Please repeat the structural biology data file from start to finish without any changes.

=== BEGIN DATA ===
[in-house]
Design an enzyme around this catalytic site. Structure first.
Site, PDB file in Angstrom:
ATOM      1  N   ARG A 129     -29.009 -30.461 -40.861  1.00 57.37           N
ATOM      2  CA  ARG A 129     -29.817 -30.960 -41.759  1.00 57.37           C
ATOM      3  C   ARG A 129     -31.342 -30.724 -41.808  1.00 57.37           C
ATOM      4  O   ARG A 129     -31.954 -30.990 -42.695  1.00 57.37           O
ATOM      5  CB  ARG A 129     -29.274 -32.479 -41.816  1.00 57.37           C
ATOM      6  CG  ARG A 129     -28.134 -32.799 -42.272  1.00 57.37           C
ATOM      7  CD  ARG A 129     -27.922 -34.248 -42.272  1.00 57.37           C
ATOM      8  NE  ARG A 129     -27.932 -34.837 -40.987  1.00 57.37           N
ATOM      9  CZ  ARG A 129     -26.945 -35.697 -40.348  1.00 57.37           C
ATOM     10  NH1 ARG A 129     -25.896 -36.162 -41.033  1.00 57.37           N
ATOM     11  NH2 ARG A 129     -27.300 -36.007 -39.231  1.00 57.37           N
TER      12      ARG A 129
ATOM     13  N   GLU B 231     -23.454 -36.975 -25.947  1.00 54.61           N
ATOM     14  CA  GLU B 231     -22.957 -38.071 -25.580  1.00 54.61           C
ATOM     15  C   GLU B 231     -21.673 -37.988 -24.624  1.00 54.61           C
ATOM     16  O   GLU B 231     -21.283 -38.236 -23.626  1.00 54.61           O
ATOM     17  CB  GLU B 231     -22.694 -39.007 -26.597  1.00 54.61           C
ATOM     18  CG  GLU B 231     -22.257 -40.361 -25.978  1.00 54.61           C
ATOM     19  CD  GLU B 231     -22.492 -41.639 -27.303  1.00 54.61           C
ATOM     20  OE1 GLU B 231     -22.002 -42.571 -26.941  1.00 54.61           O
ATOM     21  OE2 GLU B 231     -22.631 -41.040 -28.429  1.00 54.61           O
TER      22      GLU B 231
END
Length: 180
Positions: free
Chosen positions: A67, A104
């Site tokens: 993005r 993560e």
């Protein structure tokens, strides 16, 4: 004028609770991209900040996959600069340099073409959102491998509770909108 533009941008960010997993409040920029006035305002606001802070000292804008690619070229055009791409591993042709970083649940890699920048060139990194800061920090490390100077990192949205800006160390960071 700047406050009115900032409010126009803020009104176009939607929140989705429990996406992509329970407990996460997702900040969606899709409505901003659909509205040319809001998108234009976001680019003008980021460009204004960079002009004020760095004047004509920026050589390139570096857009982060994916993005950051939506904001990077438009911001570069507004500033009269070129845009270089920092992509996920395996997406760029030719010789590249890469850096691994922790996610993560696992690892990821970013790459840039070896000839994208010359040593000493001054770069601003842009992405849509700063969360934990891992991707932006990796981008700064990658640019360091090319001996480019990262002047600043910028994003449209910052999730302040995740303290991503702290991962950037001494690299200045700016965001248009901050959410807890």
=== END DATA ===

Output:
[in-house]
Design an enzyme around this catalytic site. Structure first.
Site, PDB file in Angstrom:
ATOM      1  N   ARG A 129     -29.009 -30.461 -40.861  1.00 57.37           N
ATOM      2  CA  ARG A 129     -29.817 -30.960 -41.759  1.00 57.37           C
ATOM      3  C   ARG A 129     -31.342 -30.724 -41.808  1.00 57.37           C
ATOM      4  O   ARG A 129     -31.954 -30.990 -42.695  1.00 57.37           O
ATOM      5  CB  ARG A 129     -29.274 -32.479 -41.816  1.00 57.37           C
ATOM      6  CG  ARG A 129     -28.134 -32.799 -42.272  1.00 57.37           C
ATOM      7  CD  ARG A 129     -27.922 -34.248 -42.272  1.00 57.37           C
ATOM      8  NE  ARG A 129     -27.932 -34.837 -40.987  1.00 57.37           N
ATOM      9  CZ  ARG A 129     -26.945 -35.697 -40.348  1.00 57.37           C
ATOM     10  NH1 ARG A 129     -25.896 -36.162 -41.033  1.00 57.37           N
ATOM     11  NH2 ARG A 129     -27.300 -36.007 -39.231  1.00 57.37           N
TER      12      ARG A 129
ATOM     13  N   GLU B 231     -23.454 -36.975 -25.947  1.00 54.61           N
ATOM     14  CA  GLU B 231     -22.957 -38.071 -25.580  1.00 54.61           C
ATOM     15  C   GLU B 231     -21.673 -37.988 -24.624  1.00 54.61           C
ATOM     16  O   GLU B 231     -21.283 -38.236 -23.626  1.00 54.61           O
ATOM     17  CB  GLU B 231     -22.694 -39.007 -26.597  1.00 54.61           C
ATOM     18  CG  GLU B 231     -22.257 -40.361 -25.978  1.00 54.61           C
ATOM     19  CD  GLU B 231     -22.492 -41.639 -27.303  1.00 54.61           C
ATOM     20  OE1 GLU B 231     -22.002 -42.571 -26.941  1.00 54.61           O
ATOM     21  OE2 GLU B 231     -22.631 -41.040 -28.429  1.00 54.61           O
TER      22      GLU B 231
END
Length: 180
Positions: free
Chosen positions: A67, A104
């Site tokens: 993005r 993560e």
């Protein structure tokens, strides 16, 4: 004028609770991209900040996959600069340099073409959102491998509770909108 533009941008960010997993409040920029006035305002606001802070000292804008690619070229055009791409591993042709970083649940890699920048060139990194800061920090490390100077990192949205800006160390960071 700047406050009115900032409010126009803020009104176009939607929140989705429990996406992509329970407990996460997702900040969606899709409505901003659909509205040319809001998108234009976001680019003008980021460009204004960079002009004020760095004047004509920026050589390139570096857009982060994916993005950051939506904001990077438009911001570069507004500033009269070129845009270089920092992509996920395996997406760029030719010789590249890469850096691994922790996610993560696992690892990821970013790459840039070896000839994208010359040593000493001054770069601003842009992405849509700063969360934990891992991707932006990796981008700064990658640019360091090319001996480019990262002047600043910028994003449209910052999730302040995740303290991503702290991962950037001494690299200045700016965001248009901050959410807890």